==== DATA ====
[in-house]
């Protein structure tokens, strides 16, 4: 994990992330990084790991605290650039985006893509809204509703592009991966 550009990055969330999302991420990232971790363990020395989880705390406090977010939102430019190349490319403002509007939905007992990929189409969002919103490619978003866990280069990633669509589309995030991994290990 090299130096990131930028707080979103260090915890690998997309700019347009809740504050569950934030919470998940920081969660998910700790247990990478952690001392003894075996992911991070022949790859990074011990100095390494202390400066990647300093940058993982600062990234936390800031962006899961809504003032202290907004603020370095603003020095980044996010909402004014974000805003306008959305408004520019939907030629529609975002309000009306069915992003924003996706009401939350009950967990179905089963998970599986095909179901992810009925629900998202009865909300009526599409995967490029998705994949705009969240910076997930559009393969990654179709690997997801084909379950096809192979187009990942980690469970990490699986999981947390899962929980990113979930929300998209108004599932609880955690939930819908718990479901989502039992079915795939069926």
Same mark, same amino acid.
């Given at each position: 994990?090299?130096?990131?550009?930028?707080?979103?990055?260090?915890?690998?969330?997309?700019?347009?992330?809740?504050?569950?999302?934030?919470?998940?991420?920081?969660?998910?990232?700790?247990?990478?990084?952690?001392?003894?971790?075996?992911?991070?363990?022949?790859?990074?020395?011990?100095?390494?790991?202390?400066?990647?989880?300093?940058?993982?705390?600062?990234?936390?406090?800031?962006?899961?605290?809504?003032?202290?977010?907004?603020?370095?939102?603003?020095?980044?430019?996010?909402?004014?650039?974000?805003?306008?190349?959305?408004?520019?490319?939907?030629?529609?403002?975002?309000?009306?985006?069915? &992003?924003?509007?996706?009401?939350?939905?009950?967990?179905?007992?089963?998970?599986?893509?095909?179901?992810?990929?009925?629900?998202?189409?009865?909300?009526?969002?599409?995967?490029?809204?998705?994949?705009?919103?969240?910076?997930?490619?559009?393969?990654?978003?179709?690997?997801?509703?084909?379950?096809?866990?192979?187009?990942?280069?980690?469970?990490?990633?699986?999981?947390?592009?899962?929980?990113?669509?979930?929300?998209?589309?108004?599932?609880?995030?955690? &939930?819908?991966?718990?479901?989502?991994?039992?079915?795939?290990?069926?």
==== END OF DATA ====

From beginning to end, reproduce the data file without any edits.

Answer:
[in-house]
């Protein structure tokens, strides 16, 4: 994990992330990084790991605290650039985006893509809204509703592009991966 550009990055969330999302991420990232971790363990020395989880705390406090977010939102430019190349490319403002509007939905007992990929189409969002919103490619978003866990280069990633669509589309995030991994290990 090299130096990131930028707080979103260090915890690998997309700019347009809740504050569950934030919470998940920081969660998910700790247990990478952690001392003894075996992911991070022949790859990074011990100095390494202390400066990647300093940058993982600062990234936390800031962006899961809504003032202290907004603020370095603003020095980044996010909402004014974000805003306008959305408004520019939907030629529609975002309000009306069915992003924003996706009401939350009950967990179905089963998970599986095909179901992810009925629900998202009865909300009526599409995967490029998705994949705009969240910076997930559009393969990654179709690997997801084909379950096809192979187009990942980690469970990490699986999981947390899962929980990113979930929300998209108004599932609880955690939930819908718990479901989502039992079915795939069926």
Same mark, same amino acid.
């Given at each position: 994990?090299?130096?990131?550009?930028?707080?979103?990055?260090?915890?690998?969330?997309?700019?347009?992330?809740?504050?569950?999302?934030?919470?998940?991420?920081?969660?998910?990232?700790?247990?990478?990084?952690?001392?003894?971790?075996?992911?991070?363990?022949?790859?990074?020395?011990?100095?390494?790991?202390?400066?990647?989880?300093?940058?993982?705390?600062?990234?936390?406090?800031?962006?899961?605290?809504?003032?202290?977010?907004?603020?370095?939102?603003?020095?980044?430019?996010?909402?004014?650039?974000?805003?306008?190349?959305?408004?520019?490319?939907?030629?529609?403002?975002?309000?009306?985006?069915? &992003?924003?509007?996706?009401?939350?939905?009950?967990?179905?007992?089963?998970?599986?893509?095909?179901?992810?990929?009925?629900?998202?189409?009865?909300?009526?969002?599409?995967?490029?809204?998705?994949?705009?919103?969240?910076?997930?490619?559009?393969?990654?978003?179709?690997?997801?509703?084909?379950?096809?866990?192979?187009?990942?280069?980690?469970?990490?990633?699986?999981?947390?592009?899962?929980?990113?669509?979930?929300?998209?589309?108004?599932?609880?995030?955690? &939930?819908?991966?718990?479901?989502?991994?039992?079915?795939?290990?069926?």